HAVANA — Pope Francis hopes Cuban authorities will release and grant amnesty to people arrested and sentenced after the historic protests that took place in 2021, Cardinal Beniamino Stella, who traveled to the island as the pontiff’s special envoy, said Wednesday.
During an act at the University of Havana to commemorate the 25th anniversary of Pope John Paul II’s visit to the island, Cardinal Stella also said the Catholic Church hopes that Cuban President Miguel Díaz-Canel and U.S. President Joe Biden can hold talks amid current tense relations between the countries.
Stella, who arrived in Cuba in mid-January and will remain there until Feb. 10, recalled the figures of Father Félix Varela and José Martí, considered national heroes in Cuba, and emphasized the need for understanding among Cubans.
Asked by journalists about the possibility the Catholic Church could intercede to have Cuban authorities grant amnesty to people imprisoned during the 2021 protests, the first in decades on the island, Stella said he had talked with the pontiff about the issue before he trip to Cuba.
“The Church wants, seeks, has manifested this proposal (amnesty),” said Stella. “I think the issue is on the table… The Pope very much wants there to be a positive response, whether it is called amnesty, clemency, the words can be secondary, but it is important that the young people who at one point expressed their thoughts… they can go back to their homes.”
According to non-governmental groups, about 1,300 people were arrested following the protests. Some of the demonstrations turned violent, including looting and rioting, and one person was killed. Authorities reported about 700 sentences handed down related to the protests, with sentences ranging from a fine and community work to up to 30 years in prison for sedition.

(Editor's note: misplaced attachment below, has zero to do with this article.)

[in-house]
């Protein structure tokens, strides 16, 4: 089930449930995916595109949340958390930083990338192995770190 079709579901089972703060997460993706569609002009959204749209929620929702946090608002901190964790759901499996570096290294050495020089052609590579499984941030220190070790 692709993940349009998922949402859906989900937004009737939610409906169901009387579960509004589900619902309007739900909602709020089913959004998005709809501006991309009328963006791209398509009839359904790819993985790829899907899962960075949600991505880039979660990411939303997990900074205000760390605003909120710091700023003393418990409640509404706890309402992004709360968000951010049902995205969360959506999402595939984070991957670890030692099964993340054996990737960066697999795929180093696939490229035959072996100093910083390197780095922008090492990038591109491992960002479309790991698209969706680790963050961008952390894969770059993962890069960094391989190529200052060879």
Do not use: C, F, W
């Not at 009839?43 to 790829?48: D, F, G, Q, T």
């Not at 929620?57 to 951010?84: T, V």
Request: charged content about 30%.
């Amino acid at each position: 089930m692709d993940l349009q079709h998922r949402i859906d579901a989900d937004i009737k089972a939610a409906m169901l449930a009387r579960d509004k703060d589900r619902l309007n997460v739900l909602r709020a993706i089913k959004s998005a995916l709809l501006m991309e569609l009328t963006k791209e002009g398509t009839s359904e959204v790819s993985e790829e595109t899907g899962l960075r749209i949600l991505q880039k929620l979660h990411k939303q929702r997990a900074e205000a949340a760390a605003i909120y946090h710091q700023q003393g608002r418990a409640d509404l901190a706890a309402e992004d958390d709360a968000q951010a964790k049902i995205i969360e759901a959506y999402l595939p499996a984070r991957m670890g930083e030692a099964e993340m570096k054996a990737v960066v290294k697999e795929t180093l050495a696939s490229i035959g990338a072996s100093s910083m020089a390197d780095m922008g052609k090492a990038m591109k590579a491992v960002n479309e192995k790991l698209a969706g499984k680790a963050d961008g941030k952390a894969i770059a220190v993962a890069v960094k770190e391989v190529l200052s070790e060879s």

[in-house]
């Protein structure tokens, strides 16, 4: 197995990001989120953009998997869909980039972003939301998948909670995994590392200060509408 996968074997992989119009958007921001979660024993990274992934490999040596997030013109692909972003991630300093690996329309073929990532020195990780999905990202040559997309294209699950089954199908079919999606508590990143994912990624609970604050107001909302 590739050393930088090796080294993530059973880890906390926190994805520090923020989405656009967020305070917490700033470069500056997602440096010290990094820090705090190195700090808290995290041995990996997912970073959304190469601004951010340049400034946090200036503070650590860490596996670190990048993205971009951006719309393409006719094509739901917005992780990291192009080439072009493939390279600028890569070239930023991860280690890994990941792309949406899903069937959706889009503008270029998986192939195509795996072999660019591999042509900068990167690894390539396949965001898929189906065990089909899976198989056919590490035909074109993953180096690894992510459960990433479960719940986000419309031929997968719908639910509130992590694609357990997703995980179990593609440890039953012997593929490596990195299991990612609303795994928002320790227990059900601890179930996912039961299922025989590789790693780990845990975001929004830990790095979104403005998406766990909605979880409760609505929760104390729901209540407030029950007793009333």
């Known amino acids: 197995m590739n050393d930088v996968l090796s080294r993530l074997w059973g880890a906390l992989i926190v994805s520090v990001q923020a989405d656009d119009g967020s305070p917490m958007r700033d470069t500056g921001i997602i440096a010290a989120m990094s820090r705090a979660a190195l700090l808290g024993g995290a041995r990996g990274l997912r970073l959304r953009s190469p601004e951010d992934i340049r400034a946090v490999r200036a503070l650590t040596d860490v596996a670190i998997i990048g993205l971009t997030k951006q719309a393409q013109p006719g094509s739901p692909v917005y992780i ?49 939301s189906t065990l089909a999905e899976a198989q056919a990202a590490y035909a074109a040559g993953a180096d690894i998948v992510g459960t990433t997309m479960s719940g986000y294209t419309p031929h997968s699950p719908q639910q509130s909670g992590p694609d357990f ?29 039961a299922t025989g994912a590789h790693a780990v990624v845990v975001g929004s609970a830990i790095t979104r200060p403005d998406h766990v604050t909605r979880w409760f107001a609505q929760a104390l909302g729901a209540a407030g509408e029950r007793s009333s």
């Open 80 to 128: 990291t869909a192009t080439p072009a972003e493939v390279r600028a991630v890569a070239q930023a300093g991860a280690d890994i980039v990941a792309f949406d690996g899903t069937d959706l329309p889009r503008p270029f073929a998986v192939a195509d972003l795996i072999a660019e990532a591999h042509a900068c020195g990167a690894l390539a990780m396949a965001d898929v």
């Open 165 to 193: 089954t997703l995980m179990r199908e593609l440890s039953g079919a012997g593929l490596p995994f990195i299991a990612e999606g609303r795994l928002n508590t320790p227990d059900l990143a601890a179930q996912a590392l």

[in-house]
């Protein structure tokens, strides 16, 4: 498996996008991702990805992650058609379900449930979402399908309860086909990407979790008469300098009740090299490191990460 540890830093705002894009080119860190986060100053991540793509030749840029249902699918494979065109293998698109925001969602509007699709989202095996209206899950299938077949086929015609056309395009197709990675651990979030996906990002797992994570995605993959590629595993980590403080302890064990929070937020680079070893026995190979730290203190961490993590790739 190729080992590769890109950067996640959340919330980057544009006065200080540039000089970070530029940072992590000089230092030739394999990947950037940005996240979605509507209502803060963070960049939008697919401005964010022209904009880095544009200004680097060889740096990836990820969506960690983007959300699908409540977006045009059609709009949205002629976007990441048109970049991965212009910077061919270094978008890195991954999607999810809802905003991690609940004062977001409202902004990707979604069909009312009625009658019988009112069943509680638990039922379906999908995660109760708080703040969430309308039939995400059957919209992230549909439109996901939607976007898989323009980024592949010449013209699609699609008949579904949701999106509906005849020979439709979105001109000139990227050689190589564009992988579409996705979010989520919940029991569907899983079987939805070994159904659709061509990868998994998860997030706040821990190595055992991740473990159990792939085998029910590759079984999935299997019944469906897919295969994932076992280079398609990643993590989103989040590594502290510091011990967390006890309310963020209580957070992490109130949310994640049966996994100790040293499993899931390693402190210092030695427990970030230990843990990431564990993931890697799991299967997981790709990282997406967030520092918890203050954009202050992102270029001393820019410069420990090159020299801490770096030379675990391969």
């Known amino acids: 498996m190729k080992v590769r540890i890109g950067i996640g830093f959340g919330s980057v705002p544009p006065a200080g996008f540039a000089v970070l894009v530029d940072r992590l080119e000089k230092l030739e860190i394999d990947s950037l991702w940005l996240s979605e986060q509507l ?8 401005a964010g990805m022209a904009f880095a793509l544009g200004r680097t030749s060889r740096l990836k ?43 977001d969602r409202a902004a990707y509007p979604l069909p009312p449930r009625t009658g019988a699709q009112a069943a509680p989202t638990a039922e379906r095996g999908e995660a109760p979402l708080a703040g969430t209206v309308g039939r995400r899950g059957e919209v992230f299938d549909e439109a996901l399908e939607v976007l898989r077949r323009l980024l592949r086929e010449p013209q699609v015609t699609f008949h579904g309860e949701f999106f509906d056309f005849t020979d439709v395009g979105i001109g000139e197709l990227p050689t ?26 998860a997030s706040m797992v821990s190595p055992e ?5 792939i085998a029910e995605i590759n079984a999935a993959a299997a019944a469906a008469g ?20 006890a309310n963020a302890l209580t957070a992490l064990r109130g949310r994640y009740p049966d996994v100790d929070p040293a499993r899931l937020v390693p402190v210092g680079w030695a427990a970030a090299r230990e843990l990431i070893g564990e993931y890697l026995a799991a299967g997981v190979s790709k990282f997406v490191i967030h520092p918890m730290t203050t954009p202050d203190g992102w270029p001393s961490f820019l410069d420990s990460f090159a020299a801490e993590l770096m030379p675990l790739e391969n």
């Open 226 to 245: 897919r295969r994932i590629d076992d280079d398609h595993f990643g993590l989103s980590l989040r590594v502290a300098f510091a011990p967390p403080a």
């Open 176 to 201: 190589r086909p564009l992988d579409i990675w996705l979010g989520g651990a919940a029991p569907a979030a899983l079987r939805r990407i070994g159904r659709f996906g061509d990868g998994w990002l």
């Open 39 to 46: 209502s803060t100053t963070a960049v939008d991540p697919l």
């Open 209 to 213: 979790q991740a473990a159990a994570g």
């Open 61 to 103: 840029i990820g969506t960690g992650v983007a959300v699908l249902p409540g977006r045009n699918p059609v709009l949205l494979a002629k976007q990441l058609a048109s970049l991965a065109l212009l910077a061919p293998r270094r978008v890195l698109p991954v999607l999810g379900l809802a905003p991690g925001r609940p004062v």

The protests took place amid a severe economic crisis, shortages and blackouts. Human rights groups and some governments, including Washington, harshly criticized the island for what they considered the repression of free demonstrations by Cubans.
Meanwhile, Havana maintains that it did not repress opponents, but only punished illegal activities like rioting, vandalism, and sedition.
The Catholic Church has political influence in Cuba and on previous occasions has interceded successfully for the liberation of government opponents.
In 2010, thanks to the mediation of the Catholic Church and Spain’s government, a group of opponents who had been imprisoned since 2003 were released and some chose to leave the country.
The Cuban government accused anti-Castro groups based in Florida of promoting riots during the 2021 protests through social networks amid a complex economic situation caused by the paralysis during the pandemic and the increase in U.S. sanctions during the administration of then-President Donald Trump.